Since 1928, Weekly Reader, a group of national classroom news magazines, has been bringing world and national news into classrooms in ways young readers can understand. Despite increasingly complicated stories and competition from other media, Weekly Reader periodicals remain an integral part of many schools' programs. Recently, Charles Piddock, Weekly Reader's new editor in chief, talked with Education World about the role of Weekly Reader periodicals and how the magazines' approach to the news has changed. Included: Tips on teaching current events to students.
Charles Piddock was recently named editor in chief of Weekly Reader. Piddock, formerly the organization's executive editor, has spent more than 30 years working in the educational publishing field.
Education World: How has Weekly Reader's coverage of news for kids changed over the years?
Charles Piddock: Next year, Weekly Reader will mark its 100th birthday as a company [the firm started in 1902 with Current Events, a magazine for secondary students; Weekly Reader, for elementary students, was started in 1928.] Instead of the original two periodicals, we now have 17, including Teen Newsweek, a weekly publication that Weekly Reader publishes with Newsweek.
In the past, Weekly Reader could rely on students' reading the news presented in its pages. The magazine often was a welcome break from the heavy subjects kids had to learn. Today, Weekly Reader must work a lot harder to interest kids in learning.
In 1928, the year Weekly Reader was started, news came from a black-and-white newspaper. Kids today can get their news almost instantly -- and in moving color -- through television. Weekly Reader has to appeal to students and teachers who are used to getting their news in more exciting and colorful ways than through print; we have to work a lot harder to get a reader's attention. We have to use pop figures and lots of color, as well as interesting, kid-centered lead paragraphs and headlines. We can't rely simply on just looking like a newspaper.
Despite those changes, however, the mission of Weekly Reader remains the same: to produce a classroom periodical that engages students with age-appropriate, high-interest news and that reinforces the curriculum.
EW: What are some tips for teaching current events to students?
Piddock: First, use what students are naturally interested in to lead into more serious teaching topics. Students are naturally interested in themselves, so preface a discussion about the refugee crisis in Afghanistan with some questions such as How would you feel if you had to leave your home and flee to a place where your parents had no jobs and you could not go to school? Elicit responses -- this gets their attention and interest in discussing the plight of refugees. Second, never assume any prior knowledge of any topic, especially in history or geography. Break everything into the simplest terms and use familiar language. Simplify everything, then simplify again, but never talk down to students. They notice that immediately. Always respect your audience, especially when you are writing for them.
EW: What has been the most difficult story to report to kids since you have been at Weekly Reader?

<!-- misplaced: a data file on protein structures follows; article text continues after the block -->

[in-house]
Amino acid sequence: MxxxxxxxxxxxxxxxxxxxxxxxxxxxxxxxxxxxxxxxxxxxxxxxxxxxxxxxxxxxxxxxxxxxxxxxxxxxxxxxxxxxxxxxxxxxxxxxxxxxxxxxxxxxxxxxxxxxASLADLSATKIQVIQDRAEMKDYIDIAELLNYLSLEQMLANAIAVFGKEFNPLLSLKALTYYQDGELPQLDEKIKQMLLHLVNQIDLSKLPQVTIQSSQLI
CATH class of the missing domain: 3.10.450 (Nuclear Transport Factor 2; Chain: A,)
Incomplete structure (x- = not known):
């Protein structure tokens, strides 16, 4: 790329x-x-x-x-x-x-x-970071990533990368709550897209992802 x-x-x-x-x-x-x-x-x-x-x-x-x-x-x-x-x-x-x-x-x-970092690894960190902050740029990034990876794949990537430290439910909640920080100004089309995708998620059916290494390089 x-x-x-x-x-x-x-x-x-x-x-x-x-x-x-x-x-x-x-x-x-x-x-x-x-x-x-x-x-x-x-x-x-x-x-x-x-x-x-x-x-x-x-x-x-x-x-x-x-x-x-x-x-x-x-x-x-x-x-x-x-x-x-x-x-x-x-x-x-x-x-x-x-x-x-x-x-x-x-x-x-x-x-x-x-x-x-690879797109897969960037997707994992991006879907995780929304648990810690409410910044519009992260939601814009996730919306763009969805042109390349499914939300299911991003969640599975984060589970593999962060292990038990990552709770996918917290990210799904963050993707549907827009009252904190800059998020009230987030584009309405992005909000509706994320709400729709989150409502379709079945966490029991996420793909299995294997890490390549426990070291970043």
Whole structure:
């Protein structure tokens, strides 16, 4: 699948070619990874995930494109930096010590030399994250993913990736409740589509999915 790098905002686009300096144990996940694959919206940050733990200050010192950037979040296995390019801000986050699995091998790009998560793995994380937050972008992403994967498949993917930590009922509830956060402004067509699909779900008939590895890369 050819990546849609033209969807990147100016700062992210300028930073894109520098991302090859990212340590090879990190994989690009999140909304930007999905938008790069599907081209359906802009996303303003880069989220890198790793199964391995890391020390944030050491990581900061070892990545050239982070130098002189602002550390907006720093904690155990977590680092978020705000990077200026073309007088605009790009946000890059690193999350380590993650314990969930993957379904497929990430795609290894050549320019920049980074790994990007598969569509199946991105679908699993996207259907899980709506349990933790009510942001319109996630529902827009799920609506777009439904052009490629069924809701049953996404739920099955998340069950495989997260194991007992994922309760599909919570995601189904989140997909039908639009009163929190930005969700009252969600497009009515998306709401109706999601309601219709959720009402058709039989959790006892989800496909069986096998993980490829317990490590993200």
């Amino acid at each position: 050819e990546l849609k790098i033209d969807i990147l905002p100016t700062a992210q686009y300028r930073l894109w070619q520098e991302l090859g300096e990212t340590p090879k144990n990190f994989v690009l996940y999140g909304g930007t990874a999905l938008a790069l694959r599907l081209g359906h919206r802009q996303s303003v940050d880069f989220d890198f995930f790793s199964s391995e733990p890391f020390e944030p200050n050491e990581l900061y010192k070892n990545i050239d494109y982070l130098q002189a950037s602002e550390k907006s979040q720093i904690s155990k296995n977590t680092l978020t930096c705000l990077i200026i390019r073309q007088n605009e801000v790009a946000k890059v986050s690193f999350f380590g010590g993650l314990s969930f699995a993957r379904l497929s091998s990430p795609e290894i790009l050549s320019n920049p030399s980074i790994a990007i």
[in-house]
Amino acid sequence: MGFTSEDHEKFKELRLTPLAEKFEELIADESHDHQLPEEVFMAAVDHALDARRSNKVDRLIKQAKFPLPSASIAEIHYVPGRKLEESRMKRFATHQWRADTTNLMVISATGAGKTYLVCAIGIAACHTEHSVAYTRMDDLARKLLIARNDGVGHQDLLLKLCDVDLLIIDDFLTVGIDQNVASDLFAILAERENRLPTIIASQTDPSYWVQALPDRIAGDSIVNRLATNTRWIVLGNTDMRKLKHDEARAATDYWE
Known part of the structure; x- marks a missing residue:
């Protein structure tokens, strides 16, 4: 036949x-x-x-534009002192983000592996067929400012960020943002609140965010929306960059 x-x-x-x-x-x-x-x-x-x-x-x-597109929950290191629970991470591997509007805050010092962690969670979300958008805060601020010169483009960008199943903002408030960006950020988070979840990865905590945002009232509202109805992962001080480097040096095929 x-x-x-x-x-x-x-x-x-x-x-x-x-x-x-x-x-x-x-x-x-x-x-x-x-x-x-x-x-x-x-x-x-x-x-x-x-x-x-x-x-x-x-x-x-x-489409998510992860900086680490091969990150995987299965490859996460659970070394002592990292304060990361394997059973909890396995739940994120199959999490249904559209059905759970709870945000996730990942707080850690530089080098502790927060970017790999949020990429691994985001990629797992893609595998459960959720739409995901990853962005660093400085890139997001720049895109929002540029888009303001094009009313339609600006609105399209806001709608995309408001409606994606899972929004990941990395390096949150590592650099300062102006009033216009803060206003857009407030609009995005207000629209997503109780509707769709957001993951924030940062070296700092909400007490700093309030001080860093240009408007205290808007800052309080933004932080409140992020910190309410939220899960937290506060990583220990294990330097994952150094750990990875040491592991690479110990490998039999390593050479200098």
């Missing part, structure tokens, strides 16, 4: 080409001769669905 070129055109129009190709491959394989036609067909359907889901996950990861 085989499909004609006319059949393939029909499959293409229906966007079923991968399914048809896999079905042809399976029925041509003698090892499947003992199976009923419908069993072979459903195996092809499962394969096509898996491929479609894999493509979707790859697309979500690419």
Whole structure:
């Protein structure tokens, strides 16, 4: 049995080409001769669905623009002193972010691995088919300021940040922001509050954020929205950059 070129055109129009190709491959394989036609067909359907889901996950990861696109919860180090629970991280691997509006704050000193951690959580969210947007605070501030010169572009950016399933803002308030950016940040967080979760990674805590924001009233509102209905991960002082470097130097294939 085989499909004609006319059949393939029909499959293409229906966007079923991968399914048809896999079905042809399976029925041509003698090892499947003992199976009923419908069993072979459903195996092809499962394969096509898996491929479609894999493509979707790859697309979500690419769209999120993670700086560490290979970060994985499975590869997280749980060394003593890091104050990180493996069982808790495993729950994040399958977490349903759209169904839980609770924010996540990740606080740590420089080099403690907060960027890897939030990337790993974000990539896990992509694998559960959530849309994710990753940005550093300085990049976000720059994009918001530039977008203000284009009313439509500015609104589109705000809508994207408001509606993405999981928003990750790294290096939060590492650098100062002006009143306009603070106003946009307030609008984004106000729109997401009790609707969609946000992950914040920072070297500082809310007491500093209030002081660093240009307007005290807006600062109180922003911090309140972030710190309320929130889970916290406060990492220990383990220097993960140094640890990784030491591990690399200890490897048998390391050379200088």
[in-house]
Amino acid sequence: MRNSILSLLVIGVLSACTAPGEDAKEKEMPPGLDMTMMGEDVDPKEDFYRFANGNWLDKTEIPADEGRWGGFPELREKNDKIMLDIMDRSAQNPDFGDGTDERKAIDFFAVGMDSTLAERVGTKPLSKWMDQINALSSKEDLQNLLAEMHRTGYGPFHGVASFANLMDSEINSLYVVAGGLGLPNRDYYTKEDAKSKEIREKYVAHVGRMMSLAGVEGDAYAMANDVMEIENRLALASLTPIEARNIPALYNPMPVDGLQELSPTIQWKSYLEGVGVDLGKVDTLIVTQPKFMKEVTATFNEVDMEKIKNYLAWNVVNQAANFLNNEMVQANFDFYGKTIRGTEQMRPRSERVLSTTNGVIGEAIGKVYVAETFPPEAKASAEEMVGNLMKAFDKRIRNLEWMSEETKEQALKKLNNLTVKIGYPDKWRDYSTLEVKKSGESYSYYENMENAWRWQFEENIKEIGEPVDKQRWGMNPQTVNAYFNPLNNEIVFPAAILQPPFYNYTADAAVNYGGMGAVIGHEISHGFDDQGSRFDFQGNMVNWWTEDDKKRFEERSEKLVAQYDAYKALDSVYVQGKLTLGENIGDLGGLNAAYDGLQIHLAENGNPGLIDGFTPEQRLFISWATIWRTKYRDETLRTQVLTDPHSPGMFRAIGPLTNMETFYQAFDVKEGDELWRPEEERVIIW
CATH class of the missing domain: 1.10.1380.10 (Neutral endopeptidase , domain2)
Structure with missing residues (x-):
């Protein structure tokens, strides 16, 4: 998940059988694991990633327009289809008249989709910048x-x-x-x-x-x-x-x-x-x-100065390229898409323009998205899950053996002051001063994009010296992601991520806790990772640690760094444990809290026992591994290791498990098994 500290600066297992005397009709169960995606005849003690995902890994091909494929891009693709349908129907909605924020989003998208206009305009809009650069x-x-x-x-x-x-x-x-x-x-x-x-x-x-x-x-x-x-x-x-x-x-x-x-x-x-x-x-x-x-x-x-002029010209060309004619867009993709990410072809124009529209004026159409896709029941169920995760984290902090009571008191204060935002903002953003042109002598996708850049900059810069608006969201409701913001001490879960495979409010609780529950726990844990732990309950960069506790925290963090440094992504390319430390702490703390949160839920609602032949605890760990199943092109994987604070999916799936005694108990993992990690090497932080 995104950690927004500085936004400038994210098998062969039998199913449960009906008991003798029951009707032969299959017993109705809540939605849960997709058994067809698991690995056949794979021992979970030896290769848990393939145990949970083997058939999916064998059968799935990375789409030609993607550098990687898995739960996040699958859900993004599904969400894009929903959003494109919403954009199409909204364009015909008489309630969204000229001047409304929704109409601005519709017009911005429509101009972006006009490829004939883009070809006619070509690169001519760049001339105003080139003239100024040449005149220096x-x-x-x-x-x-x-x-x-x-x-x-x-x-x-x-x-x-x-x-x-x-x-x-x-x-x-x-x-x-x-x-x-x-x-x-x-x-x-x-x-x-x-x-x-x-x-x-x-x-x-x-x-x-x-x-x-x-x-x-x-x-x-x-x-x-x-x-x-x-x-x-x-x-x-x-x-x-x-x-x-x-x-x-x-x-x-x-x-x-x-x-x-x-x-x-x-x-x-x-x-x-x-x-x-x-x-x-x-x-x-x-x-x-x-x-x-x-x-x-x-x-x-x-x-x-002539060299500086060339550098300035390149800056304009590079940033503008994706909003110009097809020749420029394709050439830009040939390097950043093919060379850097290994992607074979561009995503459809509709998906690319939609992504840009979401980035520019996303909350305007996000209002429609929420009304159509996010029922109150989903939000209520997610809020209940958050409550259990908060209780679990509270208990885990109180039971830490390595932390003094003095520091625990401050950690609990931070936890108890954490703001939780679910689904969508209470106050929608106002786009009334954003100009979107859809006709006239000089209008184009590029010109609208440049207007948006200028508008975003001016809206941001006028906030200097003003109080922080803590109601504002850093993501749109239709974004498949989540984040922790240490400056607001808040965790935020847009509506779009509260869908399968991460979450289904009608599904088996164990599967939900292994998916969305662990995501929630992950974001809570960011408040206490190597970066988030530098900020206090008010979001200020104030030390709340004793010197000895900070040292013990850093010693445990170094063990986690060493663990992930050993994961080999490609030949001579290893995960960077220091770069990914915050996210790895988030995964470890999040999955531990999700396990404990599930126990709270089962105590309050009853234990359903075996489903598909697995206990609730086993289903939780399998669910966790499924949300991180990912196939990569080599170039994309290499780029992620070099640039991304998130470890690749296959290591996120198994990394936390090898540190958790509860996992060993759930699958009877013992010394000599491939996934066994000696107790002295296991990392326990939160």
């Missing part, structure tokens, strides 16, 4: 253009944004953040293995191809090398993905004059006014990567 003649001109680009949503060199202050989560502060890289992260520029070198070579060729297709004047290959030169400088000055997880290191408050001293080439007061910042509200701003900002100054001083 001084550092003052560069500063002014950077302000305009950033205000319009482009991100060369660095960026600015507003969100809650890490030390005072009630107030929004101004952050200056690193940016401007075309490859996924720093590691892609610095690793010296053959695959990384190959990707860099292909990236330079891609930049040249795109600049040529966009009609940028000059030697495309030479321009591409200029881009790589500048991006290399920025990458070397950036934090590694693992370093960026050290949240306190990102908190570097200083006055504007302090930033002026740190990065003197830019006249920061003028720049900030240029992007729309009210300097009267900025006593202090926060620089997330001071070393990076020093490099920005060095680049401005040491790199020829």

Piddock: It's a toss-up between the events of September 11 and the President Clinton-Monica Lewinsky affair. From a standpoint of having to write the news and report it accurately, I'd say it was the Clinton story, where we had to talk about the president being in trouble without specifying in our usual detail exactly how he got in trouble. We settled for "lying about an inappropriate relationship with an employee" (or something like that), knowing that the story might embarrass teachers anyway and knowing that students would know more details about what happened (and perhaps ask for more specifics just to embarrass the teacher). It was a tough issue because when it became an issue of impeachment, we covered the topic down to the fourth-grade level.
EW: How was your staff's coverage of the events of September 11 different from that of other stories?
Piddock: We made a conscious decision to cover those events only for fourth grade and above. Below the fourth-grade level, we sent each teacher-subscriber a special postcard directing him or her to our Web site, at which subscribers could obtain information about how to teach young children about what happened. On the Web site, we included advice from psychologists and child experts. For the upper grades, we included that information in the Teacher's Guides that accompany the student editions. We also made sure that we followed up the September 11 coverage with more positive material about the heroic efforts of rescue workers, the wave of patriotism, and so on. We also stressed -- and continue to stress -- the need for tolerance by explaining that Islam does not condone murder or terrorism.
EW: What are some of the more unusual ways of using Weekly Reader that you have heard of?
Piddock: Weekly Reader has been used to teach English in Africa and China and to help the U.S. armed forces keep poor readers up on the news. And -- perhaps not an unusual way but an unusual outcome -- every year, the Weekly Reader third-grade edition runs a story on the Heimlich maneuver. Every year (at least for the past three years), a kid who has read the article has saved the life of another kid who happened to be choking on a particle of food.
This e-interview with Charles Piddock is part of the
Education World weekly Wire Side Chat series. Click here
to see other articles in the series.